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Federal Court of Appeals Limits DOL Use of Law to Collect Back Wages

On September 30, 2021, the Second Circuit Court of Appeals overturned a New York federal district court decision and its own 1993 ruling that allowed the Department of Labor (DOL) to collect back wages for H-1B visa workers.

DOL was using the Fair Debt Collections Practices Act (FDCPA) to stand in for H-1B visa workers to collect back wages. In United States v. Bedi, the appeals court ruled the plain language of the statute and the legislative history make clear that DOL could only use this law if the debt was owed to the United States, not to an individual.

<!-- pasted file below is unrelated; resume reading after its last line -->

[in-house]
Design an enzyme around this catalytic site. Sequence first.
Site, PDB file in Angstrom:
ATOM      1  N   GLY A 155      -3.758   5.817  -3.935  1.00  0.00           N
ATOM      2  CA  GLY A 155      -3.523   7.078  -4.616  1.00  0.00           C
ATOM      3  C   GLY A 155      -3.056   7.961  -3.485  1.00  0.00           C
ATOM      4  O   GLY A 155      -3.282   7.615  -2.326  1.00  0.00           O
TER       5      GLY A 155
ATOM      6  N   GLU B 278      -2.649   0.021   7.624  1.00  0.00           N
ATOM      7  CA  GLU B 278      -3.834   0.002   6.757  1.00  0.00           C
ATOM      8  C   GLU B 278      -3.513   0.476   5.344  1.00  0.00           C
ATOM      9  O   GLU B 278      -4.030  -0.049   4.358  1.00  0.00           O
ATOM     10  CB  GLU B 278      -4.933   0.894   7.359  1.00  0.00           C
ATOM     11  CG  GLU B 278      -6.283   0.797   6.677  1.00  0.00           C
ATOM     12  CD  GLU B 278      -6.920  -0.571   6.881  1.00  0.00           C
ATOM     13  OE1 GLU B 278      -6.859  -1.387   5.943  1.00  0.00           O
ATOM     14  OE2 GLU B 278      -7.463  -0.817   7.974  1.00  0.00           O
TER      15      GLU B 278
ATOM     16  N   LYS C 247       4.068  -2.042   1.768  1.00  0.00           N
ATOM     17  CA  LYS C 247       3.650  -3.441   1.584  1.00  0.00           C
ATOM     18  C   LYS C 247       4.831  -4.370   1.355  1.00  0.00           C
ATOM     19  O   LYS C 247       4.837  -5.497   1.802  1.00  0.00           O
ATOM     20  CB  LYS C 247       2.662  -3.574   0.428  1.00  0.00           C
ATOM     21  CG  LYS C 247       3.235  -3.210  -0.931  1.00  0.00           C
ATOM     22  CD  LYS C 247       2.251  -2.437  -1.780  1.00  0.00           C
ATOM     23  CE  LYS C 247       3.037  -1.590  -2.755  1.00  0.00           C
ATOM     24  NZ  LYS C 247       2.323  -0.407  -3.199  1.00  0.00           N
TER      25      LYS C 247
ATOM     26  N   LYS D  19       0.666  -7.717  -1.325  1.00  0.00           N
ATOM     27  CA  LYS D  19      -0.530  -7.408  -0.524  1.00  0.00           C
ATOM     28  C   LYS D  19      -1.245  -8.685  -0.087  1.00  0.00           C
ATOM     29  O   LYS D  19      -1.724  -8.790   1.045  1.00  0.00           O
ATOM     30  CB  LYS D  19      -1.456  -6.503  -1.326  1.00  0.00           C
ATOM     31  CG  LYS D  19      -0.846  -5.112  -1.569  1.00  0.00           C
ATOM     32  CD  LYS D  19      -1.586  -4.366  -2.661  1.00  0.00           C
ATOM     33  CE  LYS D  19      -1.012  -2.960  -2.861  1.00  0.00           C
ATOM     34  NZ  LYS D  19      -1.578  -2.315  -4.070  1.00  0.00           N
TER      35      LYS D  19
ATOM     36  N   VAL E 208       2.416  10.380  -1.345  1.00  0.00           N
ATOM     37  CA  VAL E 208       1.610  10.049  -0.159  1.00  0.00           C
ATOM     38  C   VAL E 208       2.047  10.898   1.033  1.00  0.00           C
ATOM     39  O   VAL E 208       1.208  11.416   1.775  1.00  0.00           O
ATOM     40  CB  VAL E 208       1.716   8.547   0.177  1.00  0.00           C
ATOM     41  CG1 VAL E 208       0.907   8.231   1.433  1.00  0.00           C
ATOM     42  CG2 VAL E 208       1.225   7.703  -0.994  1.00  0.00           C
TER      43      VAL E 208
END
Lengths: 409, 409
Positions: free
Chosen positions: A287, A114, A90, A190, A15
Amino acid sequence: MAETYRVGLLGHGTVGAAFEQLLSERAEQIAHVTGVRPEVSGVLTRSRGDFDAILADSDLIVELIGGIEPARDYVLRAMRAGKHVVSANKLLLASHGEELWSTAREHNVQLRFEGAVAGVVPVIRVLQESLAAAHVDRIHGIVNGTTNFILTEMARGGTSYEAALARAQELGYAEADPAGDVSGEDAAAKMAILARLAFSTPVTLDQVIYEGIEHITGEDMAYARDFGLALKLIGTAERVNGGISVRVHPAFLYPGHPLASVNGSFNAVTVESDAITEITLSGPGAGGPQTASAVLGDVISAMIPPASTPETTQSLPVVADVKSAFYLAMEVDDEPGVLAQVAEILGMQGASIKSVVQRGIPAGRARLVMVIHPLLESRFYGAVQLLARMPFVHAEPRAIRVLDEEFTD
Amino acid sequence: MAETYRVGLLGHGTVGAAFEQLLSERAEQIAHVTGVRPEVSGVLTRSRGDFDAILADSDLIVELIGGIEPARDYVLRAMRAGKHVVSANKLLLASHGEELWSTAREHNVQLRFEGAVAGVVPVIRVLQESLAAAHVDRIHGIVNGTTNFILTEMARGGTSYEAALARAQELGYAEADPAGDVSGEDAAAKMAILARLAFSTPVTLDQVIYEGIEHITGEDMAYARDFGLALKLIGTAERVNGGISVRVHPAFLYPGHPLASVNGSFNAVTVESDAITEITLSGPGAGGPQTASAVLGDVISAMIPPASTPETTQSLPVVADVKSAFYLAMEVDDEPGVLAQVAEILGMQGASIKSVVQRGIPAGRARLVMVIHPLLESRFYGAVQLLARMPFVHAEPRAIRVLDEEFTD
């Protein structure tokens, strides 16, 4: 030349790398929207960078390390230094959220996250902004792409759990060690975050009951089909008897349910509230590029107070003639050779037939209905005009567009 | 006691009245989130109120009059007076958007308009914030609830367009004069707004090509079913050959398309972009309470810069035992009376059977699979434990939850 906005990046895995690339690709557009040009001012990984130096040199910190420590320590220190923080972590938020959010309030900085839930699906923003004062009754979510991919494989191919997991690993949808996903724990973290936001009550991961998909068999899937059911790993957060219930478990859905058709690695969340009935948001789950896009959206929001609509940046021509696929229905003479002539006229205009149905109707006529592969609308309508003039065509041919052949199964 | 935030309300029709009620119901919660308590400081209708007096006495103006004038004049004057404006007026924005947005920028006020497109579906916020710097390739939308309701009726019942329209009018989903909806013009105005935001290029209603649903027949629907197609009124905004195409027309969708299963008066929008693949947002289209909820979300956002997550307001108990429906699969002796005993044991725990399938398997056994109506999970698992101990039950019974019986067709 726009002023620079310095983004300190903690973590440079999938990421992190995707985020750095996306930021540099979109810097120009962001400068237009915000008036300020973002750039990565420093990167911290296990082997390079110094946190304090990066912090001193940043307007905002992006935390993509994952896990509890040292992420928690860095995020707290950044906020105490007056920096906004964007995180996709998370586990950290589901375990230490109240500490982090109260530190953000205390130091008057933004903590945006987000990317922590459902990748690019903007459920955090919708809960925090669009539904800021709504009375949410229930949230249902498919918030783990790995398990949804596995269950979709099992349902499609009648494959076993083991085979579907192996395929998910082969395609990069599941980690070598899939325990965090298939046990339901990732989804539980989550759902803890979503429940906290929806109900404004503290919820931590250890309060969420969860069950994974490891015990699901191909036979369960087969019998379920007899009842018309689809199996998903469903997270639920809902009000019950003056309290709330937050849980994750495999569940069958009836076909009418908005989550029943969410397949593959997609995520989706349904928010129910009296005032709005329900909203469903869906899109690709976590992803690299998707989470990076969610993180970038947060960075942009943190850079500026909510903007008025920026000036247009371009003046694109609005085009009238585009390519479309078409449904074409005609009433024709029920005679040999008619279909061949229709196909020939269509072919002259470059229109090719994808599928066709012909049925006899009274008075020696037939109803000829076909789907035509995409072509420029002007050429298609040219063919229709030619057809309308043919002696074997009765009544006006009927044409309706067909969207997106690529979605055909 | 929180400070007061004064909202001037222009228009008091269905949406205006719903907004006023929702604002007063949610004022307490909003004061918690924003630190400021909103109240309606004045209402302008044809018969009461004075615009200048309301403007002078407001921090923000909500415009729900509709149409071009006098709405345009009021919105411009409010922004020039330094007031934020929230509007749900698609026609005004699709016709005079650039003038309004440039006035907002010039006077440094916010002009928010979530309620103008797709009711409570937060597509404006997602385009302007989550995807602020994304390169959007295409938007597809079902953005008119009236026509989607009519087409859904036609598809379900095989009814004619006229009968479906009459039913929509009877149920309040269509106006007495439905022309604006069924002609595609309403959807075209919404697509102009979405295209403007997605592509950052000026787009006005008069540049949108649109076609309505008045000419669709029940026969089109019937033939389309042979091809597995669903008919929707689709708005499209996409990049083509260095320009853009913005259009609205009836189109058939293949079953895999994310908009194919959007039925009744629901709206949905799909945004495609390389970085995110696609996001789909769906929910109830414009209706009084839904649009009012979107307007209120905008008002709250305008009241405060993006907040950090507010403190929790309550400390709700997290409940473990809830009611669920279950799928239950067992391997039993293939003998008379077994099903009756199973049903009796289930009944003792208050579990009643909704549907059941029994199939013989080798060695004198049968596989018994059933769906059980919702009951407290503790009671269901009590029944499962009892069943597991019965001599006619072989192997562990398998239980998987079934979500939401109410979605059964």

Datalink Computer Products Inc. and its President Vickram Bedi appealed the District Court for the Northern District of New York ruling that allowed DOL to proceed with collection of a $341,000 administrative back pay award in favor of the employee. The district court held that the wages could constitute a debt to the U.S. if the agency was acting in the public interest to prevent unfair labor practices. The Court of Appeals rejected the federal court and the government’s position,

“Thus, while we acknowledge the Government’s strong interest in promoting compliance with the H-1B visa program, we conclude that the Government may not use the procedures of the FDCPA to collect the Administrative Order on [the employee’s] behalf.”

The reversed decision is NLRB v. E.D.P Medical Computer Systems, Inc. (2d Circuit, 1993).

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